Category Archives: Barbara Shelley

Blu-Ray Review: Dracula – Prince Of Darkness (1966).

Directed by Terence Fisher
Produced by Anthony Nelson Keys
Screenplay by John Sansom (Jimmy Sangster)
From an idea from John Elder (Anthony Hinds)
Cinematography: Michael Reed
Film Editor: Chris Barnes
Music by James Bernard

Cast: Christopher Lee (Dracula), Barbara Shelley (Helen Kent), Andrew Keir (Father Sandor), Francis Matthews (Charles Kent), Suzan Farmer (Diana Kent), Charles Tingwell (Alan Kent), Thorley Walters (Ludwig), Philip Latham (Klove)

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Hammer Films’ approach to sequels has always fascinated me. It was smart, it was different. Their Frankenstein pictures followed the doctor, not the monster. Each film saw the good doctor hiding out someplace new, working on his latest experiment. Brides Of Dracula (1960), Hammer’s followup to their Dracula (1958, known in the US as Horror Of Dracula), went in the same direction. Since Count Dracula had been reduced to a nasty pile of dust, they kept their focus on Dr. Van Helsing (Peter Cushing). Makes sense.

But I guess a Dracula movie isn’t a Dracula movie if Dracula’s not in it. So Hammer worked to bring Christopher Lee back. It would be eight years before Lee donned the cape, fangs and bloodshot contacts for Dracula – Prince Of Darkness (1966). Whether it was worth the wait is something Hammer fans tend to debate quite a bit.

Dracula – Prince Of Darkness was one of the first Hammer films I saw (it might’ve been the first), and it made a huge impression on me, particularly the resurrection sequence. The movie’s deliberate pacing and grim tone seems to explode once Klove gets out his knife. And as a kid, that scene pulled the cinematic rug out from under me — after that, anything could happen — and I watched the rest of the film with an odd combination of joy, distrust and absolute dread.

Bringing Lee back in Prince Of Darkness sent the series down a path of killing Dracula off in one picture, then bringing him back in the next. But they never got it better than this one. With Van Helsing (and Peter Cushing) missing, we get the vampire hunter Father Sandor (Andrew Keir). He’s terrific, but Cushing is missed — his mixture of obsession and morality makes a good backbone for a picture like this. One of Dracula’s victims is Barbara Shelley, whose performance — going from repressed rich lady to sexed-up vampiress — is really something.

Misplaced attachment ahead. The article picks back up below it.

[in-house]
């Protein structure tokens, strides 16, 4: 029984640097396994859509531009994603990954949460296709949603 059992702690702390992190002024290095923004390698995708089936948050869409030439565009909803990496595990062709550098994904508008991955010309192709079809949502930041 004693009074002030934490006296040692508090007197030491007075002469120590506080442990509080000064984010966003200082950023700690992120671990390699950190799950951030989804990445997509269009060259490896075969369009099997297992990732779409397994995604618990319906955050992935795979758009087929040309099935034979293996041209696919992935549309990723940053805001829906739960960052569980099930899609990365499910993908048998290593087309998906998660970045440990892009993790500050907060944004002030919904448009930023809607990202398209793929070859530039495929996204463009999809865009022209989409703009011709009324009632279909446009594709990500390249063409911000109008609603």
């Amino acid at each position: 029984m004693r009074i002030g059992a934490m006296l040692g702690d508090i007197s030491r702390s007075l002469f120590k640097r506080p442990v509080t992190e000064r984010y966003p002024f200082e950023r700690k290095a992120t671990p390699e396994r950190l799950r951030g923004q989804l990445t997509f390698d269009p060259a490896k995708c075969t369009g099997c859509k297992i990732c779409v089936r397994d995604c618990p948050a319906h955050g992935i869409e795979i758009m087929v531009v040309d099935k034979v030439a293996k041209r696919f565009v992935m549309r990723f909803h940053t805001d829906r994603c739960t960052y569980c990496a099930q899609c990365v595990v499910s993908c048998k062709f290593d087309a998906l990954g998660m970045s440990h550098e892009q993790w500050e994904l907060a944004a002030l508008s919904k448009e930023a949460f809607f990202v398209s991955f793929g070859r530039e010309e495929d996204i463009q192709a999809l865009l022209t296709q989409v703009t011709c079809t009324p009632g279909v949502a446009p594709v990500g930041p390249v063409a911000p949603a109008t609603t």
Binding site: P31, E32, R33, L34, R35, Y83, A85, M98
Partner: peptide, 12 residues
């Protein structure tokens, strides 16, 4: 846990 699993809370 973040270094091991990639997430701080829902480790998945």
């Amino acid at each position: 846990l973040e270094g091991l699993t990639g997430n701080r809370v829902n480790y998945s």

Dracula was a model of efficiency — it looks like it cost much more than it did, its pacing is perfectly tight, and it works wonders with a very small cast. For Dracula – Prince Of Darkness, Terence Fisher and his team spread things out a bit in terms of both pace and space — this is one of the few Hammer horror films in ‘Scope, Techniscope, to be exact.

That Techniscope is one of the things that makes the new Blu-Ray from Scream Factory so important. Techniscope used far less frame space than an anamorphic process like CinemaScope or Panavision, so sharpness and graininess become an issue. But they’re not a problem here, and we get two different versions of the picture to choose from. The British cut is a bit shorter, and its color leans toward green — but it’s sharper. The US version is longer by about 12 seconds, its color is much better, but it’s a bit softer and the blacks are very dense. Of course, Hammer horror films are all about their color. Scream Factory was wise to give it to us this way. Combining the two wouldn’t have worked (the mismatched color would have driven us all nuts), and there would’ve been complaints about one vs. the other. (Personally, I prefer the US version.) The sound is terrific, giving James Bernard’s score the power it deserves.

There’s a coffin-full or great extras, from a short documentary to some behind the scenes home movie footage. All in all, this is an outstanding package — and a terrific opportunity to rediscover a film that has spent way too much time under the shadow of its predecessor. It’s time for its own resurrection. Highly, highly recommended.

Dracula – Prince Of Darkness played theaters paired with John Dilling’s The Plague Of The Zombies (1966), a smaller picture that’s a real knockout. It’s available from Scream Factory, too, and it’s essential.

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Filed under 1966, Barbara Shelley, Christopher Lee, DVD/Blu-ray Reviews, Hammer Films, Shout/Scream Factory, Terence Fisher

Blu-Ray News #219: Quatermass And The Pit (1967).

Directed by Roy Ward Baker
Starring Andrew Keir, James Donald, Barbara Shelley, Julian Glover